On Sunday, my husband was honored with an award for the work he does at a coach at St. Ignatius by an organization called Sports Faith International. One of his student-athletes nominated him for the Hometown Heroes Award. As our family made plans to attend, we learned more and more about Sports Faith International; even so, I was not prepared for the barrage of Anti-Choice rhetoric, the blatant use of the forum to promote Tom Monaghan‘s Ave Maria School in South Florida, and the generally offensive rhetoric, including his self-righteous statements to the attendees that Ave Maria has “abolished tenure” and promoted daily mass attendance and a “chastity” requirement. When he pontificated about tenure being the bane of good teaching, several coaches/teachers in the room seemed insulted, but Monaghan plowed ahead with his talk. I was tempted then and there to begin a chant “Long Live Wisconsin Unions” and “Power to the People.” Instead, I played nice and waited for an opportunity to walk out.
I didn’t have to wait long. Monaghan moved on to his anti-choice rhetoric and his arcane notions of chastity, and I gathered my children, and made a quick escape. Ed was at the head table, filled with Catholic professional athletes and other coaches and students who won awards. He could not escape so easily, and was forced to listen.
My husband absolutely deserves an award for coaching — I’ve written before about his dedication and commitment to his athletes, on and off the field. Paradoxically, part of the reason that he was given the award is the fact that we adopted Gorilla Girl and Monkey Man from Vietnam. In the world view of anti-choice Catholics, adoption is a moral choice that signals some degree of commitment to their cause — a cause which demonizes women and any control they attempt to exert over their lives and bodies. It was a surreal experience to be hiding out in a room off the main event with Gorilla Girl and Monkey Man, listening to the God-infused rhetoric of self-righteousness and hate, but bathed in the joy and love of Monkey Man and Gorilla Girl.
It seemed that everyone in the room knew our story — or at least they thought they did. We adopted two children — therefore, we must be part of the army of God, scooping up children in order to derail choice for women and to show our support for the “unborn.” Our motives, desires, and beliefs are not theirs, so their assumptions about our family were faulty and dangerous. A photographer at the event even remarked to me that we are “saints for saving” our children.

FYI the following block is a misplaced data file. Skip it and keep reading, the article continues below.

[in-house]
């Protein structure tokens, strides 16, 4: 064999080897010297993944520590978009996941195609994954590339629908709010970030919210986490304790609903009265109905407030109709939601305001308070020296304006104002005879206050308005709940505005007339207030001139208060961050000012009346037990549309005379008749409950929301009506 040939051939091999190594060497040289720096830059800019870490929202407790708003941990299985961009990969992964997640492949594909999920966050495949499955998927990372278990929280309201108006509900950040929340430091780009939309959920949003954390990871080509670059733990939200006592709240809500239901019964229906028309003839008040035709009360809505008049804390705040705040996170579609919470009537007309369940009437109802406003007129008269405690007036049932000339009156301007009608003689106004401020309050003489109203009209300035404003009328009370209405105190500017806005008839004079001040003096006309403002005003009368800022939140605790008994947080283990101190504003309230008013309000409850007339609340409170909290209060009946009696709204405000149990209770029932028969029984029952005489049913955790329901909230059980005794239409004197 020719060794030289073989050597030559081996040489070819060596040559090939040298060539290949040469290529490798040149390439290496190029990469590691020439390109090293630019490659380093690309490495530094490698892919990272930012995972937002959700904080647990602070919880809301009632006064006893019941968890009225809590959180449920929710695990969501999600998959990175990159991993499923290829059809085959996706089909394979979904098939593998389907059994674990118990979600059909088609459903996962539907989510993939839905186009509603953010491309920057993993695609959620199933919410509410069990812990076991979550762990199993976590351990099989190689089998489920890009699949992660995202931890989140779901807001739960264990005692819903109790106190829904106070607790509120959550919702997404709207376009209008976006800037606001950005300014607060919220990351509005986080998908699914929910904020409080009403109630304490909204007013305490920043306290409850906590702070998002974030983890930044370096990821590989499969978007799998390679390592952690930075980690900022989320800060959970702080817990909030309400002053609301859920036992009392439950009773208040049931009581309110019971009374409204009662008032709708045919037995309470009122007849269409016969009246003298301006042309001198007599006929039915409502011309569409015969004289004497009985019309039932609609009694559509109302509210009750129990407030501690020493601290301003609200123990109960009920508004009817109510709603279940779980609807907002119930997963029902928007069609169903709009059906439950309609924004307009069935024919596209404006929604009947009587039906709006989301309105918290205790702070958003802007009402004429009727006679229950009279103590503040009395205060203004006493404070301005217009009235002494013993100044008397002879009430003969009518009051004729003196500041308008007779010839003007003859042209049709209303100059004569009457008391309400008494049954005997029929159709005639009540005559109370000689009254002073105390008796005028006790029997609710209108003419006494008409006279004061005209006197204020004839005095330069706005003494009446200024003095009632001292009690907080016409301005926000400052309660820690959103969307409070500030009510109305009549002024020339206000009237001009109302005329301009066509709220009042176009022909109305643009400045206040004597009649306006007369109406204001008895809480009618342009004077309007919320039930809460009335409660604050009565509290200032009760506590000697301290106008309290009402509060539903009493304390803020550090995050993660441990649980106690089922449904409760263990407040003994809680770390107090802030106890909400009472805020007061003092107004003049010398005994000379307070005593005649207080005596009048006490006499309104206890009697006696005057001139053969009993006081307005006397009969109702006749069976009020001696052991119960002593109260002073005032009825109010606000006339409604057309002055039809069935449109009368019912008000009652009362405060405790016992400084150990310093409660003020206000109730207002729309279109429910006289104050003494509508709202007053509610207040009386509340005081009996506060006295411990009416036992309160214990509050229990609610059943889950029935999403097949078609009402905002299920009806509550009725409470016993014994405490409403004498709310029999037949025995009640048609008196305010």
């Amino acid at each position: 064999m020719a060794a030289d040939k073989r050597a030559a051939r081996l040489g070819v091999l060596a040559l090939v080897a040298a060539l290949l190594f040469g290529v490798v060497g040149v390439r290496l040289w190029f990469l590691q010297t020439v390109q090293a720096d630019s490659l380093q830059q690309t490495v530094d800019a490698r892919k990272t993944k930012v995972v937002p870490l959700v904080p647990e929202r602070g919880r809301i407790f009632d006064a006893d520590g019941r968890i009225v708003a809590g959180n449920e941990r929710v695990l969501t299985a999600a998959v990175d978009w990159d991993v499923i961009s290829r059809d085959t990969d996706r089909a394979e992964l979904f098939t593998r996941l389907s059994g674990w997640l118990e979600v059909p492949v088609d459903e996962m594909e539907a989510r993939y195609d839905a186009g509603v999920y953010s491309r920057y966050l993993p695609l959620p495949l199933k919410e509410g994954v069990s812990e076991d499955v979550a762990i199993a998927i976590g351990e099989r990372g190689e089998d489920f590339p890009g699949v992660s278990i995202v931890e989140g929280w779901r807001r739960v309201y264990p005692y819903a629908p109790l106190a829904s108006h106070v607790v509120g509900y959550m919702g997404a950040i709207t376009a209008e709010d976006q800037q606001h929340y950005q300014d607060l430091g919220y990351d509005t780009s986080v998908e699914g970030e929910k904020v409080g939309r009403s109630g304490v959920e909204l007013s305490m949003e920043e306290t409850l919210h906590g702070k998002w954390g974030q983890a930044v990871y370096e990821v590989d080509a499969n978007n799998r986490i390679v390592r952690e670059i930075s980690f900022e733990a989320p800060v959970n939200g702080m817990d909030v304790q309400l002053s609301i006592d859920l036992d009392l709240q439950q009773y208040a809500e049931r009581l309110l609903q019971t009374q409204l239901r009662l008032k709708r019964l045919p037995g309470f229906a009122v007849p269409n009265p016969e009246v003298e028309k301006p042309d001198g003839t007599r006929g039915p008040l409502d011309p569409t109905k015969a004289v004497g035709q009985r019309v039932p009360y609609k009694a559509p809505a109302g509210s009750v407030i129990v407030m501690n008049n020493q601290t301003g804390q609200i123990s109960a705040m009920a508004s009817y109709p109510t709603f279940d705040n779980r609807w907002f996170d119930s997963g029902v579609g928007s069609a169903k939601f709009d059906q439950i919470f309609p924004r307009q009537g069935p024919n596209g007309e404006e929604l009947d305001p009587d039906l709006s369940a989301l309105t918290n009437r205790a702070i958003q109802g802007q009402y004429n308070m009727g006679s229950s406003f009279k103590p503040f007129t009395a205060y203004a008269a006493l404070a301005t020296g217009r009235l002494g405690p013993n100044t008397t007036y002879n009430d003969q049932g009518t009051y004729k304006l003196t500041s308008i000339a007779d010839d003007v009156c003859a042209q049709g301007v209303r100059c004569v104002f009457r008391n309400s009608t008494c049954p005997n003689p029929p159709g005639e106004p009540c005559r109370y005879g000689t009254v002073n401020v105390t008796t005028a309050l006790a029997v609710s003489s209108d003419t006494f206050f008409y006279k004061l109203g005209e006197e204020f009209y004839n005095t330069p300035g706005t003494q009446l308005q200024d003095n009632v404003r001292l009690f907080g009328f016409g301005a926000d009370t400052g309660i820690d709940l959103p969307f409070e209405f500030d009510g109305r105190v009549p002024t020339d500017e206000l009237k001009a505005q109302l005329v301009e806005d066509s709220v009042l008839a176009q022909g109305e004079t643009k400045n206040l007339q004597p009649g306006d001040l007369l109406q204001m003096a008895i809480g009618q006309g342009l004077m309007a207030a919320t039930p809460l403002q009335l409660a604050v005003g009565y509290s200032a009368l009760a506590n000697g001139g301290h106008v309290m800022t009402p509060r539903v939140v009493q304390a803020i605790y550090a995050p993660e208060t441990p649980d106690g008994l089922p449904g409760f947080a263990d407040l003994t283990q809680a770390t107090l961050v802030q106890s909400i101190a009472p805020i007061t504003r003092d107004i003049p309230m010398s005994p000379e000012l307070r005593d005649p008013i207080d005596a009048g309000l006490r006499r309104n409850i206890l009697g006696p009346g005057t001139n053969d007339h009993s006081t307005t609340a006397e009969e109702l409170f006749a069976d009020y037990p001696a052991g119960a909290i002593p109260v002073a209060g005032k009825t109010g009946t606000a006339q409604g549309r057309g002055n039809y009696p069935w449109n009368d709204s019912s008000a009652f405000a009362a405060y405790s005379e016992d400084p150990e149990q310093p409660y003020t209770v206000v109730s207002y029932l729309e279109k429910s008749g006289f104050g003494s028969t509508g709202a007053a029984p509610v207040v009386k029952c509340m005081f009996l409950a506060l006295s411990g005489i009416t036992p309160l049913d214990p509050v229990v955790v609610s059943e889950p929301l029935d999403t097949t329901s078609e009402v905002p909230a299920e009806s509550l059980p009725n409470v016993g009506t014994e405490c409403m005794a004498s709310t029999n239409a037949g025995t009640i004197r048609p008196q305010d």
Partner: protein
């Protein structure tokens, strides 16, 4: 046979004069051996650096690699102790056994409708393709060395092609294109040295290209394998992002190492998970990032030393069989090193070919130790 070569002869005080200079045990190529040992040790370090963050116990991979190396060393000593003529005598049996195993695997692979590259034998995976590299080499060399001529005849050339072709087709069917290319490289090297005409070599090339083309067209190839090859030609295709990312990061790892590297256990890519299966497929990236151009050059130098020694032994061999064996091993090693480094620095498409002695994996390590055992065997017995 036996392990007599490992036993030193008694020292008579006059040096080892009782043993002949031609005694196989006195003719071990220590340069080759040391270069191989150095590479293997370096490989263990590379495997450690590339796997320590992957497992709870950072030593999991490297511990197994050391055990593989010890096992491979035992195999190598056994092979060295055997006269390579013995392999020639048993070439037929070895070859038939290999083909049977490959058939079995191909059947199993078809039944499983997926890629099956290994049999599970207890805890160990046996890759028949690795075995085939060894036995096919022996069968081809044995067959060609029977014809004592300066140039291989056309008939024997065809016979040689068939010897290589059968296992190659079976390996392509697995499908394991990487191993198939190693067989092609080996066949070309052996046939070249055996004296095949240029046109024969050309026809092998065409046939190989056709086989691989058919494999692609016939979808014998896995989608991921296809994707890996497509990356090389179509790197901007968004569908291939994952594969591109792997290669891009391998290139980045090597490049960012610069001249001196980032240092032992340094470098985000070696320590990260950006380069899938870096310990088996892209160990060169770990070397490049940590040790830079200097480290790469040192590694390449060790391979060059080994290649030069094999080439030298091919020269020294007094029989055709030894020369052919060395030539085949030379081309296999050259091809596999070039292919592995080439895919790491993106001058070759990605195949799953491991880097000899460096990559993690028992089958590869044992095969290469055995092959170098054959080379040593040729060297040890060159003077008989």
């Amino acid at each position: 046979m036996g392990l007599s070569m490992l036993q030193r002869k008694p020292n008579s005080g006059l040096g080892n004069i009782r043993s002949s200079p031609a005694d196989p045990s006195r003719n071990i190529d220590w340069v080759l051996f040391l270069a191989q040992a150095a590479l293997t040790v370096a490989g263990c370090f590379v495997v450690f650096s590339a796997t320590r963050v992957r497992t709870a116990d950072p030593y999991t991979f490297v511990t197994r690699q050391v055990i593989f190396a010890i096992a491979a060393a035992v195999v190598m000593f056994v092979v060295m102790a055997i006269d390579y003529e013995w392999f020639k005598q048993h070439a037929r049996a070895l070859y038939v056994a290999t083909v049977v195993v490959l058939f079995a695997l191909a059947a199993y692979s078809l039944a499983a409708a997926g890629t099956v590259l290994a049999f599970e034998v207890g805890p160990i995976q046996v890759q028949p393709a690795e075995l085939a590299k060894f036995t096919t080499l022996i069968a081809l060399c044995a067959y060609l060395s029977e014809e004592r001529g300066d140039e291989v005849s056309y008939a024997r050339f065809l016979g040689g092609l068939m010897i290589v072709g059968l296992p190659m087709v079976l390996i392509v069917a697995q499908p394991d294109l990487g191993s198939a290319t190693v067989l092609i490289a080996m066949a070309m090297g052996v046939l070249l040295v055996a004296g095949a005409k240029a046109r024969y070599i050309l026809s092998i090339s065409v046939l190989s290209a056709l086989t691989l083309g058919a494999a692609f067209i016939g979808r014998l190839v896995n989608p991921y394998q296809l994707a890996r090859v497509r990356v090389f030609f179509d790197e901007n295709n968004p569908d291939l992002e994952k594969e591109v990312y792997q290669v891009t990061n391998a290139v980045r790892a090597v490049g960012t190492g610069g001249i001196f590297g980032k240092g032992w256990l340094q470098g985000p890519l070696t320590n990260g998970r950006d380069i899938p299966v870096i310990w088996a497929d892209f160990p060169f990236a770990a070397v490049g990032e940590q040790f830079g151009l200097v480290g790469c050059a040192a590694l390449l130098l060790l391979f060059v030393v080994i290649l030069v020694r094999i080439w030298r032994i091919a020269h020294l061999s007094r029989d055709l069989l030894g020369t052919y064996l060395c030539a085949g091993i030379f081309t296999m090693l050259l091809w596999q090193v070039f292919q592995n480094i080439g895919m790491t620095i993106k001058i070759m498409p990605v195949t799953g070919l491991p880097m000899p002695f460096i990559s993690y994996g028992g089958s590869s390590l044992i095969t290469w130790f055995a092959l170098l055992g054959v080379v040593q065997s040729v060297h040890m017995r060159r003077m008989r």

I think I was pretty well-behaved, given the circumstances. Ed commented that he was glad I had escaped the main room, since he feared I might start firing buttered rolls at the offending speakers. When it was Ed’s turn to received his award, he tactfully kept references to god and adoption out of his brief remarks. On the ride home, we talked about how the vast amounts of money and considerable energy spent by Catholics on this particular issue might be well-spent on other silent and deserving causes. Where are the Catholics for justice for union workers? Where are the Catholics for peace in the Middle East? Where are the anti-war Catholics, and how can you possibly be “pro-life” and NOT stand for ending the war?
My anger about men, in particular, showering hate upon women is sparked in these moments when I wonder why, for example, they don’t spend time and energy protesting the protection of college football player alleged rapists who are allowed to continue to play for The University of Notre Dame, a Catholic institution.
In this challenging day, one of the best moments was when Gorilla Girl, who was itching to run to the front of the room when she heard Ed’s name announce, remarked, “They said Daddy is a hero. Daddy, Daddy!” She sprinted to the front of the room to the smiles of the crowd. Later, she asked again about Ed being a hero. “But, he’s not a super hero — not like spiderman.” No, he is not like spiderman. But, maybe he is a hero for using this forum to speak to his team in the aftermath of this experience about how they, as Catholics, can use their voices, even when they disagree, to speak in words that do not harm, and to listen with open minds and hearts.